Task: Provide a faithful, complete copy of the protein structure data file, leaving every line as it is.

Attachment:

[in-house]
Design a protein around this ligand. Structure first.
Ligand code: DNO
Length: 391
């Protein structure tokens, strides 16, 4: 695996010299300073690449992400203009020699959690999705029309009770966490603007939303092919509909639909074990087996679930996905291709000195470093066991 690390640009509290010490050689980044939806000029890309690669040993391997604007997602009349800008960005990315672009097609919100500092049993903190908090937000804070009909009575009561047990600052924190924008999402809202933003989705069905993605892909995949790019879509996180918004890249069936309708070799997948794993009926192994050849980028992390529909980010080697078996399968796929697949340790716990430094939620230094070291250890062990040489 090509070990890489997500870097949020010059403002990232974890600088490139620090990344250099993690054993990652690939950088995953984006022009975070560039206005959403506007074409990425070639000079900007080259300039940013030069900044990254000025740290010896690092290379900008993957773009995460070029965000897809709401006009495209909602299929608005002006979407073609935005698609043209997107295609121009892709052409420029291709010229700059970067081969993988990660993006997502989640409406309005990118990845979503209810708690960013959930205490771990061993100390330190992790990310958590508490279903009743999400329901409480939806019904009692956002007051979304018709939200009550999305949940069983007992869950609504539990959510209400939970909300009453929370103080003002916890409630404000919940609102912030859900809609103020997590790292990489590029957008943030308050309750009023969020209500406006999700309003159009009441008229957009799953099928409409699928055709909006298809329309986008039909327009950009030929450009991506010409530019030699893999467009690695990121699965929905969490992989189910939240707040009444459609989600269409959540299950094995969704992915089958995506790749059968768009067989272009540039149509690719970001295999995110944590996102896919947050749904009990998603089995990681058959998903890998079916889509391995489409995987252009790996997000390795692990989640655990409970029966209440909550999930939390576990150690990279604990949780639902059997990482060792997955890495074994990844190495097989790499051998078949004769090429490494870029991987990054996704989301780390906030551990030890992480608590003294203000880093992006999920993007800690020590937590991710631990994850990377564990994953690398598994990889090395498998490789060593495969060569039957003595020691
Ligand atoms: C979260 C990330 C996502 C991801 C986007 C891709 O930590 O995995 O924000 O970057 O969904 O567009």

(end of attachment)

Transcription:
[in-house]
Design a protein around this ligand. Structure first.
Ligand code: DNO
Length: 391
């Protein structure tokens, strides 16, 4: 695996010299300073690449992400203009020699959690999705029309009770966490603007939303092919509909639909074990087996679930996905291709000195470093066991 690390640009509290010490050689980044939806000029890309690669040993391997604007997602009349800008960005990315672009097609919100500092049993903190908090937000804070009909009575009561047990600052924190924008999402809202933003989705069905993605892909995949790019879509996180918004890249069936309708070799997948794993009926192994050849980028992390529909980010080697078996399968796929697949340790716990430094939620230094070291250890062990040489 090509070990890489997500870097949020010059403002990232974890600088490139620090990344250099993690054993990652690939950088995953984006022009975070560039206005959403506007074409990425070639000079900007080259300039940013030069900044990254000025740290010896690092290379900008993957773009995460070029965000897809709401006009495209909602299929608005002006979407073609935005698609043209997107295609121009892709052409420029291709010229700059970067081969993988990660993006997502989640409406309005990118990845979503209810708690960013959930205490771990061993100390330190992790990310958590508490279903009743999400329901409480939806019904009692956002007051979304018709939200009550999305949940069983007992869950609504539990959510209400939970909300009453929370103080003002916890409630404000919940609102912030859900809609103020997590790292990489590029957008943030308050309750009023969020209500406006999700309003159009009441008229957009799953099928409409699928055709909006298809329309986008039909327009950009030929450009991506010409530019030699893999467009690695990121699965929905969490992989189910939240707040009444459609989600269409959540299950094995969704992915089958995506790749059968768009067989272009540039149509690719970001295999995110944590996102896919947050749904009990998603089995990681058959998903890998079916889509391995489409995987252009790996997000390795692990989640655990409970029966209440909550999930939390576990150690990279604990949780639902059997990482060792997955890495074994990844190495097989790499051998078949004769090429490494870029991987990054996704989301780390906030551990030890992480608590003294203000880093992006999920993007800690020590937590991710631990994850990377564990994953690398598994990889090395498998490789060593495969060569039957003595020691
Ligand atoms: C979260 C990330 C996502 C991801 C986007 C891709 O930590 O995995 O924000 O970057 O969904 O567009």